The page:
St. Ignatius Loyola’s 10 Guidelines for Negotiating Life’s Journey

pilgrim on the Camino de Santiago

One June morning, Brendan McManus, SJ, stepped out for a much-needed walk—to be exact, a 500-mile hike on Spain’s renowned Camino de Santiago. A few years earlier, he lost his brother to suicide, and the tragedy left Brendan physically, psychologically, and spiritually wounded. Something radical was required to rekindle his passion for life and renew his faith in God.

In Redemption Road: From Grief to Peace through Walking the Camino de Santiago, McManus tells his story of walking the Camino through the lens of Ignatian spirituality. Not surprisingly, he learns a number of lessons along the way for how to negotiate life’s journey.

  1. Remember that you are a pilgrim, just passing through life. You put yourself on the road, a journey into the unknown, to be open to hear God’s call.
  2. God is a pilgrim who’s always trying to find us, even in difficult situations. God is with you even if you are not with God.
  3. Walking puts you in touch with your deeper desires, what you really want. Following this longing will bring us to God.
  4. Keep on track by following the signs that are found only in reflection and meditation. Trust your inner compass to guide you.
  5. Take time out regularly to reflect on your path (i.e., Review of the Day); be flexible in progressively altering things as you go. Don’t be afraid of change.
  6. Take time over decisions; they are important “crossroads” moments in your life. Never make a hasty decision—rather, play for time, and ponder the options internally before deciding.
  7. If you get lost, be humble enough to backtrack to a known, sure spot. Beware of pride driving you on, getting you even more lost.
  8. Possessions are only temporary; don’t hold on to things too tightly. Practice detachment: use things insofar as they are useful, and discard them when they get in the way.
  9. You can expect fierce storms on the road. The important thing is not to be deterred from your course but to hang on tightly to those support structures you know to be sound (prayer, discernment, and reflection). Don’t change course, undo decisions, or alter the structure in midstorm.
  10. Protecting yourself is important, as is having good defenses against whatever comes. This means knowing your own weak spots and “unfree” areas, as this is where you are likely to be vulnerable. (Ignatius recommends fortifying your defenses to anticipate challenges.)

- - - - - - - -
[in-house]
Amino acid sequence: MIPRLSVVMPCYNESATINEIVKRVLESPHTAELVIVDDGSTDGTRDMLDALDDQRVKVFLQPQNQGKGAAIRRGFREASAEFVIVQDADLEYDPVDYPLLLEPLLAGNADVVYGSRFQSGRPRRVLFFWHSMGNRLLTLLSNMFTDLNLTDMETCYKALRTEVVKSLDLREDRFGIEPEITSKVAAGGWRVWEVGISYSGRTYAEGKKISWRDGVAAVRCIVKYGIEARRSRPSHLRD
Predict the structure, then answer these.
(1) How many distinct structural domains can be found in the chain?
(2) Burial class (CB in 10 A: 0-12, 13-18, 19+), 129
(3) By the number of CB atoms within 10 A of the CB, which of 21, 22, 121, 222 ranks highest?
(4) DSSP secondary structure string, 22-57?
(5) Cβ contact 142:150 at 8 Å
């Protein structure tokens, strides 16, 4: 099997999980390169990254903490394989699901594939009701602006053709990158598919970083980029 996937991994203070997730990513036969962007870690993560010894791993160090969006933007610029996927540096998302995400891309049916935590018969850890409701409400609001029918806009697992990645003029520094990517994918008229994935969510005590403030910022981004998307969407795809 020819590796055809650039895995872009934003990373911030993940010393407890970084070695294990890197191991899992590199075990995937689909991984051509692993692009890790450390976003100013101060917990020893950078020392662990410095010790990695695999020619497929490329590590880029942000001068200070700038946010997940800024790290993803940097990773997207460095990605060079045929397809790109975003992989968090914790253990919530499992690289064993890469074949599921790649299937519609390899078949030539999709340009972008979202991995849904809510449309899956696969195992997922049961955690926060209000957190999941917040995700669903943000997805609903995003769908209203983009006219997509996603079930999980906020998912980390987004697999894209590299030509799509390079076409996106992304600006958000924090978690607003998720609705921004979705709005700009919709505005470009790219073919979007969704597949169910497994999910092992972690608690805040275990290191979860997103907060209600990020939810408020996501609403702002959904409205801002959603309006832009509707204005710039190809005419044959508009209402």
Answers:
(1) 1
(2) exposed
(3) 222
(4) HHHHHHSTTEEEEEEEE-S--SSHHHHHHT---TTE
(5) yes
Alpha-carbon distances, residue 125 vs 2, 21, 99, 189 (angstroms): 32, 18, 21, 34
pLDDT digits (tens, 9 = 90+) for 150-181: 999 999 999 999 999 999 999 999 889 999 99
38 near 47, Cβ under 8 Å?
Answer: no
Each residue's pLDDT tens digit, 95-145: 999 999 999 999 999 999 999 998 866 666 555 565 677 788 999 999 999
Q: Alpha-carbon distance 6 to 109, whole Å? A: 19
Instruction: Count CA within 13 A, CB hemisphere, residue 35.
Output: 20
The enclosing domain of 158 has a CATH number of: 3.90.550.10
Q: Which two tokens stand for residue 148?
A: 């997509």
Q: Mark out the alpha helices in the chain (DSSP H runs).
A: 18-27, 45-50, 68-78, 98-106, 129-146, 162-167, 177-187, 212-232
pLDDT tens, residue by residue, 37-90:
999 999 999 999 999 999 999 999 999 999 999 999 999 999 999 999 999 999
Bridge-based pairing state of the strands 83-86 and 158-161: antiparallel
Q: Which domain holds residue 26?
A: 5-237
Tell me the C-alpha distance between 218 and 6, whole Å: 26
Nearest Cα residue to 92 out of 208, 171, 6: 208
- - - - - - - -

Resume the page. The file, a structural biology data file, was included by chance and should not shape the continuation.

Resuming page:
This list is excerpted from Redemption Road by Brendan McManus, SJ.

11 Comments on St. Ignatius Loyola’s 10 Guidelines for Negotiating Life’s Journey

  1. Jesus sought out the two disciples on the road to Emmaus. He knew that they were dejected and confused over His death. He met them on this road to remind them of why He came and to give them comfort. Point number 2 reminds us that He is always seeking us on this road, to give words of encouragement and hope.

  2. This article is a confirmation that i am on the right path. I must not chsnge course. I only need to be committed eith my prayer life.

    • I think point 9 is saying that, in the middle of a path, don’t let a storm turn you back. Point 5 is being reflective at, perhaps, a junction–which way is God leading me? Doubt during calm is not the same as doubt/fear in the middle of a crisis. In my humble opinion, of course.

    • Point 5 is general.
      Point 9 is when in the midst of a fierce storm. Just hold your path til you are safe. Then 5 applies again.

    • I think 5 means being open to material change, whereas 9 is referring to not changing your strong spiritual patterns and practices when difficulties arise but rather to turn to those good habits.

  3. Hi Danielle
    I think the difference between 5 and 9 is that in point 5 we are encouraged to make changes after careful discernment and reflection, if we feel confident that this is how God is guiding us, whereas in point 9, I think we are being cautioned not to make kneejerk changes in the midst of uncertainty, but rather to wait until after the storm has subsided and then calmly reassess and take stock through the prayerful examen of the events.
    It’s reassuring to know, I think, that point 7 is telling us that even if we go in the wrong direction inadvertently, we can always return to the right place.
    I hope I have understood and helped you. We are all journeying together. God bless you.

  4. Prayer, discernment, and reflection are indeed formidable support structures for those privileged to keep walking.

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